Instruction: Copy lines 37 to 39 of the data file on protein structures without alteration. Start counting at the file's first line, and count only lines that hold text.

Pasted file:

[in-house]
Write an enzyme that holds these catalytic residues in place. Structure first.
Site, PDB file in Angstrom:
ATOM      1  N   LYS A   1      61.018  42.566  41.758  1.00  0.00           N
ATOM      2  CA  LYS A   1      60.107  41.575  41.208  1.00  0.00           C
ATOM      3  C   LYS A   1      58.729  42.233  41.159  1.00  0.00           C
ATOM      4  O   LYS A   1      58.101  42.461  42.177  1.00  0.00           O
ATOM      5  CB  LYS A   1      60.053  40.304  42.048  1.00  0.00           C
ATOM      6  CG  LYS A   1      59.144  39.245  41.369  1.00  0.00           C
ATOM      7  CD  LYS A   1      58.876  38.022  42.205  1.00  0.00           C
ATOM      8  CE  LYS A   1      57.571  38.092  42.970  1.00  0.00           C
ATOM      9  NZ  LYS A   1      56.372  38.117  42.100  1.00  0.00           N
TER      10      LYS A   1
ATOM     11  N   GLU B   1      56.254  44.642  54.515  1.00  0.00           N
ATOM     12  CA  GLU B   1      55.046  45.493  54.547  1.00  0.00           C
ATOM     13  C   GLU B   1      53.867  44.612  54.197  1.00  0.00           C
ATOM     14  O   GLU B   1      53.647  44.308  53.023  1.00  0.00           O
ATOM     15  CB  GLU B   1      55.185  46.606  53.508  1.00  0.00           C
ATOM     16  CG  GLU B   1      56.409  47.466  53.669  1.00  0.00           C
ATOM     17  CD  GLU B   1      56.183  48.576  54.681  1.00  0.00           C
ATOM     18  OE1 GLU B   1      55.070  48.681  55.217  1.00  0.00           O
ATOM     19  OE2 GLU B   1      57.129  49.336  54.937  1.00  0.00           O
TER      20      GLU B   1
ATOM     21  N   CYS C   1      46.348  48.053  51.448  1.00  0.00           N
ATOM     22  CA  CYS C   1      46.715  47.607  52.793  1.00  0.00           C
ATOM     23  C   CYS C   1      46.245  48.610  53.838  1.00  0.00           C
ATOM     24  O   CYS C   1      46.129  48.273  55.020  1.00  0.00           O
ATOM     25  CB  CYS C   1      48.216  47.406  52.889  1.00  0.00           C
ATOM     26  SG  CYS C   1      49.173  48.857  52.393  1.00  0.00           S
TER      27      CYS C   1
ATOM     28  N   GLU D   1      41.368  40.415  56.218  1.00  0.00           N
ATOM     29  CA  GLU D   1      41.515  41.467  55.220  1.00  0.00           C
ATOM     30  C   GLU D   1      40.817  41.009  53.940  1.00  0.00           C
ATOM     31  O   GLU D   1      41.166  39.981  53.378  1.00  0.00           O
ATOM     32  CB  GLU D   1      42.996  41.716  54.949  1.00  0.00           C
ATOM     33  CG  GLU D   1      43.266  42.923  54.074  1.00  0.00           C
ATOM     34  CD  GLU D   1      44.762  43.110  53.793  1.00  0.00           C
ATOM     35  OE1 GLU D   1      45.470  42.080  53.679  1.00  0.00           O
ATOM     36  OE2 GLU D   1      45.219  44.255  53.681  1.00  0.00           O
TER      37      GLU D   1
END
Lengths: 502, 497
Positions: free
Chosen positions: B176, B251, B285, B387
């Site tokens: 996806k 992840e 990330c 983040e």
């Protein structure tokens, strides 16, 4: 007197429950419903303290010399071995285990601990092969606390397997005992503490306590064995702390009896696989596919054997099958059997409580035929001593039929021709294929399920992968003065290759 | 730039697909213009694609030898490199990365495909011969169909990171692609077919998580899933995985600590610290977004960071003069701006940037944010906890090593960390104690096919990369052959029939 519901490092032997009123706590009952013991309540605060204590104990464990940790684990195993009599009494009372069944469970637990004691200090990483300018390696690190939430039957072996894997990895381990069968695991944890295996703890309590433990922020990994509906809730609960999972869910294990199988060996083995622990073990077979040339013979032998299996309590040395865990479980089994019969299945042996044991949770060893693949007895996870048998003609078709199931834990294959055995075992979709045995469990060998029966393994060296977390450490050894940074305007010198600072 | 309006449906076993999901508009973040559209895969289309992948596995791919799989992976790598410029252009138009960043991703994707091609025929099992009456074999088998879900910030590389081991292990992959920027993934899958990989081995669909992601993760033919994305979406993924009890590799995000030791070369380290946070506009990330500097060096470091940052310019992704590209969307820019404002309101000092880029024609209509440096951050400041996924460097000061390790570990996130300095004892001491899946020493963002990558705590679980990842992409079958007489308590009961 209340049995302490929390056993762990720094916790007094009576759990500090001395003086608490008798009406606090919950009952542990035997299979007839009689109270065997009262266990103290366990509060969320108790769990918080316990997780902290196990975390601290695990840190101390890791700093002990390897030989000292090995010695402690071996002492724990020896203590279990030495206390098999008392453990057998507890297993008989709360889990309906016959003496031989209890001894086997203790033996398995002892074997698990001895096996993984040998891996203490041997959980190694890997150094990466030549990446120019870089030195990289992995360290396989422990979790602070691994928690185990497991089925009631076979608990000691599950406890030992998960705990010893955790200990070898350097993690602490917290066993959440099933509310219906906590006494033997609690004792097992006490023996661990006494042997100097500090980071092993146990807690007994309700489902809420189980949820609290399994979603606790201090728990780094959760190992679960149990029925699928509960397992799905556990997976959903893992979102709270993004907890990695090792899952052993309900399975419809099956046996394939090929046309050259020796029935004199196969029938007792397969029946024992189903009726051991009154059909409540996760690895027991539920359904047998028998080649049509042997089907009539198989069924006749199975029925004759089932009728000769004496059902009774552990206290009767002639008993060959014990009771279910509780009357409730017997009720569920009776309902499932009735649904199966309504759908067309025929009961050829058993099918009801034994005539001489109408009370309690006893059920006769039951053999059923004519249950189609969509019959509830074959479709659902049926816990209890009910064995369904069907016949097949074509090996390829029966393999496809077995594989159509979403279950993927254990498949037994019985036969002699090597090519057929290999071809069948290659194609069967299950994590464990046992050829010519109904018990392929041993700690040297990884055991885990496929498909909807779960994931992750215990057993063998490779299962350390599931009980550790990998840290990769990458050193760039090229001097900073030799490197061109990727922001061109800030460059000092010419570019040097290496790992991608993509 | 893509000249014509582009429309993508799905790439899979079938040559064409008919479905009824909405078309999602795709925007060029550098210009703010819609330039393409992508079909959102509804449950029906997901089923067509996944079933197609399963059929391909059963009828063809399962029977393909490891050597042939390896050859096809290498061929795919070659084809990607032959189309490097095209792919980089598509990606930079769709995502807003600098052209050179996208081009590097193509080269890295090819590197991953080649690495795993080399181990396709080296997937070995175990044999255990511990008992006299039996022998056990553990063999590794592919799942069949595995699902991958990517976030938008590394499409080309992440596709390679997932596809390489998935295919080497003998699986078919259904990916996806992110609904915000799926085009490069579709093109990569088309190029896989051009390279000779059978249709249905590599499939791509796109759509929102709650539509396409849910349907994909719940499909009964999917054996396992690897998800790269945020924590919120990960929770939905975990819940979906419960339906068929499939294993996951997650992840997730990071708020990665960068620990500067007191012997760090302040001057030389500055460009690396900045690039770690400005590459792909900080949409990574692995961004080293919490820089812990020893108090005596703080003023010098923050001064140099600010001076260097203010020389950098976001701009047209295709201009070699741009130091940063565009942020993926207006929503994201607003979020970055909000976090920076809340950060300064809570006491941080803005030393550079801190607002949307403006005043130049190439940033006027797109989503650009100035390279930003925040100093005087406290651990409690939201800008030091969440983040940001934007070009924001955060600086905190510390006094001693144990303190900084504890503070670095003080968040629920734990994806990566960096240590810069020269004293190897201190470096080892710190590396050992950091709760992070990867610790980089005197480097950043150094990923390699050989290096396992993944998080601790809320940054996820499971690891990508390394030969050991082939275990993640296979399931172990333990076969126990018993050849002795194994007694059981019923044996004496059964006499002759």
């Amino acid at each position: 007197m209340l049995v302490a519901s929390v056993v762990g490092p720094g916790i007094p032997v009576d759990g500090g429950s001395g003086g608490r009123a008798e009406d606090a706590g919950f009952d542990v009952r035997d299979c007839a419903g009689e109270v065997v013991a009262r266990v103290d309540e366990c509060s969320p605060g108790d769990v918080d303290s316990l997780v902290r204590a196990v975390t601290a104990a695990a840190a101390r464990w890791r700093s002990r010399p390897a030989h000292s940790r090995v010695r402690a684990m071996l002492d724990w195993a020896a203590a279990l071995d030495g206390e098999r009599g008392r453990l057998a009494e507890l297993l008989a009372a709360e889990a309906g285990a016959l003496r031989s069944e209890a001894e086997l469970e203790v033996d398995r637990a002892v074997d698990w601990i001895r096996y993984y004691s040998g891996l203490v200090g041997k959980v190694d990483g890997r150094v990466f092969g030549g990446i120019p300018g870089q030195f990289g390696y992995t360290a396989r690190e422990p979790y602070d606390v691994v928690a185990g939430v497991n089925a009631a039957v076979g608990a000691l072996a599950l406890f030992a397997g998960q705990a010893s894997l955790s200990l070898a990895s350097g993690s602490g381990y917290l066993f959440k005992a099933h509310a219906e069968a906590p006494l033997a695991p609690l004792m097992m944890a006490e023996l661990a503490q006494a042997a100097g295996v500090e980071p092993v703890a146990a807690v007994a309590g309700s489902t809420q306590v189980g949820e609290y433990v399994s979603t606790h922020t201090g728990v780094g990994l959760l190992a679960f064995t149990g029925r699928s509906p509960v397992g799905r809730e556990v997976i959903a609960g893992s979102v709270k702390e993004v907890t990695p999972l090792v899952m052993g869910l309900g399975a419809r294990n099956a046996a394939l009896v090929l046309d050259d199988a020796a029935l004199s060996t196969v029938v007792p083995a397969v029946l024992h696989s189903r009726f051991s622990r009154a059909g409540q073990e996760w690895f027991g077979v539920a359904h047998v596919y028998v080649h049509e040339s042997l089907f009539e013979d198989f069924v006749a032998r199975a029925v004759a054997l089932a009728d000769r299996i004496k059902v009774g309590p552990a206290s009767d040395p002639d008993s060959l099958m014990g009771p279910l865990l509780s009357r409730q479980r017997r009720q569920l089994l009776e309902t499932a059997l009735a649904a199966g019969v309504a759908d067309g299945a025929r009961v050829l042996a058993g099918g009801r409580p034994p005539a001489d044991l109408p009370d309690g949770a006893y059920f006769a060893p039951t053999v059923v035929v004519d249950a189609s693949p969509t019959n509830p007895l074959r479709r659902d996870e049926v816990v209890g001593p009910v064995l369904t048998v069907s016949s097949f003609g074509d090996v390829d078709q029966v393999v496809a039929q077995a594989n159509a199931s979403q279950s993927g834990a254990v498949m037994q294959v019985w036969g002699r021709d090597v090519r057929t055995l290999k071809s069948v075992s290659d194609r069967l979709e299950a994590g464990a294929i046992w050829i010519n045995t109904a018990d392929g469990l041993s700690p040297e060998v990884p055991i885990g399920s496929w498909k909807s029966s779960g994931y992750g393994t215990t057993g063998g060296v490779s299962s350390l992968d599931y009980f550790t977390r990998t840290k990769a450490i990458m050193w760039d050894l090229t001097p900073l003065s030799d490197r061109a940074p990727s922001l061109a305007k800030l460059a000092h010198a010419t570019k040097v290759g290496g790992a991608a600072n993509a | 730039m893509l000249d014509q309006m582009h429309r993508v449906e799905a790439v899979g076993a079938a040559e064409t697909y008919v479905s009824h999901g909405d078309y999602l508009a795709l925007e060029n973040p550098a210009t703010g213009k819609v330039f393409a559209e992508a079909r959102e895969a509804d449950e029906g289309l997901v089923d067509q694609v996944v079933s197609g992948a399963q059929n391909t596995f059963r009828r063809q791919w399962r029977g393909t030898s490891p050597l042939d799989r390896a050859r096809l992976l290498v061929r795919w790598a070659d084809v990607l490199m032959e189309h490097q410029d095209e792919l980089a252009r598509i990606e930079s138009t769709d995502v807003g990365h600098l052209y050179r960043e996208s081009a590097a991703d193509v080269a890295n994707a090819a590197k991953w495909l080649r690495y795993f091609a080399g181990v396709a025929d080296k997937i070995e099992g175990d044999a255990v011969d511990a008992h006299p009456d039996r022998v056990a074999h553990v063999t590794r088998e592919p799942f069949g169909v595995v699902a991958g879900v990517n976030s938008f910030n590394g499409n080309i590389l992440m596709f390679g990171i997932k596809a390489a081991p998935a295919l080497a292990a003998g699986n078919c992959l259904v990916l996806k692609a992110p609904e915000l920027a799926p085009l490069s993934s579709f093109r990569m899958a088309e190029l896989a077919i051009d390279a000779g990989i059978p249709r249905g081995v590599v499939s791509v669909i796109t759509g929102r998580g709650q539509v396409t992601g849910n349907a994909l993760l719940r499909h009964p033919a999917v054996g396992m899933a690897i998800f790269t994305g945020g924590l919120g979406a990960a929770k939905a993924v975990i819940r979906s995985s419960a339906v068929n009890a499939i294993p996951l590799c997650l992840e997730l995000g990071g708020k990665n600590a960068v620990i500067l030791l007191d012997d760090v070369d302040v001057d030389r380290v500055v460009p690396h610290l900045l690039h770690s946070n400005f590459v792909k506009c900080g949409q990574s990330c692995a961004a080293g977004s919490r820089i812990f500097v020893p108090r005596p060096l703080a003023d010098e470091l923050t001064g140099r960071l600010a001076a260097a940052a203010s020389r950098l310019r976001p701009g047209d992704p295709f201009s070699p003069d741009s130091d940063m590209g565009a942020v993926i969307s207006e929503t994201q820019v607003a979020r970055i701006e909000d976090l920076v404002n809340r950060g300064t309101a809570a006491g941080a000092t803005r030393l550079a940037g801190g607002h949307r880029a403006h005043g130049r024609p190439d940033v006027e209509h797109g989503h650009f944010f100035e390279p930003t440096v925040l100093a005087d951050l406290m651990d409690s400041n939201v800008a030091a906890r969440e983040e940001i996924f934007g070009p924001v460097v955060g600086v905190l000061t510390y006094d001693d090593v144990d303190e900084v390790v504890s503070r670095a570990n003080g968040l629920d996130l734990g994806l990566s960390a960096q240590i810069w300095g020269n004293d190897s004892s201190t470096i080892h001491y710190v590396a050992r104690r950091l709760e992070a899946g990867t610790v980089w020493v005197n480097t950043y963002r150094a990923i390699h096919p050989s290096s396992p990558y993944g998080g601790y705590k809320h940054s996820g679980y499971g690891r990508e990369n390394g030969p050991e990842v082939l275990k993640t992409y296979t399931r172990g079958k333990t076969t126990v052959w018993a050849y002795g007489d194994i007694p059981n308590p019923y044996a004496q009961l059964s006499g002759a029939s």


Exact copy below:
ATOM     34  CD  GLU D   1      44.762  43.110  53.793  1.00  0.00           C
ATOM     35  OE1 GLU D   1      45.470  42.080  53.679  1.00  0.00           O
ATOM     36  OE2 GLU D   1      45.219  44.255  53.681  1.00  0.00           O